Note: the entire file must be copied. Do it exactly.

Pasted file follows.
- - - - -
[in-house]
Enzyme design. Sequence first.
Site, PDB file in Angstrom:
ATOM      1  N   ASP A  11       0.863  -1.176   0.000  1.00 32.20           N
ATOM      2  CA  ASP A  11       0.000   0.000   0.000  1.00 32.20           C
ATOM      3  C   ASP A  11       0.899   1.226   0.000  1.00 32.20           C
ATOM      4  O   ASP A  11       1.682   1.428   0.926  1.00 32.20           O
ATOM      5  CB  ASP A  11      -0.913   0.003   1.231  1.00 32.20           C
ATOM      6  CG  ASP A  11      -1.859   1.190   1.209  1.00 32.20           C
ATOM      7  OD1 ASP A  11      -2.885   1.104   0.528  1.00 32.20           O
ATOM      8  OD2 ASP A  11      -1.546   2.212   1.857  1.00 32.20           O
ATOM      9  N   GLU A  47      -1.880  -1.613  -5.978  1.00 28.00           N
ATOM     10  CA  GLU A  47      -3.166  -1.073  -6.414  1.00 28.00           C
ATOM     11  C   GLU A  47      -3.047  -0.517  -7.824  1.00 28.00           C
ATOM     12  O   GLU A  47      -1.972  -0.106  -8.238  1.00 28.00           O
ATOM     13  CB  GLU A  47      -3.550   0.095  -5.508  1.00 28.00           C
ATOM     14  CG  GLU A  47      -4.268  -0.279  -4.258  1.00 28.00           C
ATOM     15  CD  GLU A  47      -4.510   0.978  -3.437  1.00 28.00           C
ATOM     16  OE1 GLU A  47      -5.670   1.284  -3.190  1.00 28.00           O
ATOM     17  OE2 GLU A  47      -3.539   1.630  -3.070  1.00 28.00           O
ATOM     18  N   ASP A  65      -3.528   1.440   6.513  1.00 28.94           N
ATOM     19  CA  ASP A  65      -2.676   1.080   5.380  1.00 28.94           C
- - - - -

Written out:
[in-house]
Enzyme design. Sequence first.
Site, PDB file in Angstrom:
ATOM      1  N   ASP A  11       0.863  -1.176   0.000  1.00 32.20           N
ATOM      2  CA  ASP A  11       0.000   0.000   0.000  1.00 32.20           C
ATOM      3  C   ASP A  11       0.899   1.226   0.000  1.00 32.20           C
ATOM      4  O   ASP A  11       1.682   1.428   0.926  1.00 32.20           O
ATOM      5  CB  ASP A  11      -0.913   0.003   1.231  1.00 32.20           C
ATOM      6  CG  ASP A  11      -1.859   1.190   1.209  1.00 32.20           C
ATOM      7  OD1 ASP A  11      -2.885   1.104   0.528  1.00 32.20           O
ATOM      8  OD2 ASP A  11      -1.546   2.212   1.857  1.00 32.20           O
ATOM      9  N   GLU A  47      -1.880  -1.613  -5.978  1.00 28.00           N
ATOM     10  CA  GLU A  47      -3.166  -1.073  -6.414  1.00 28.00           C
ATOM     11  C   GLU A  47      -3.047  -0.517  -7.824  1.00 28.00           C
ATOM     12  O   GLU A  47      -1.972  -0.106  -8.238  1.00 28.00           O
ATOM     13  CB  GLU A  47      -3.550   0.095  -5.508  1.00 28.00           C
ATOM     14  CG  GLU A  47      -4.268  -0.279  -4.258  1.00 28.00           C
ATOM     15  CD  GLU A  47      -4.510   0.978  -3.437  1.00 28.00           C
ATOM     16  OE1 GLU A  47      -5.670   1.284  -3.190  1.00 28.00           O
ATOM     17  OE2 GLU A  47      -3.539   1.630  -3.070  1.00 28.00           O
ATOM     18  N   ASP A  65      -3.528   1.440   6.513  1.00 28.94           N
ATOM     19  CA  ASP A  65      -2.676   1.080   5.380  1.00 28.94           C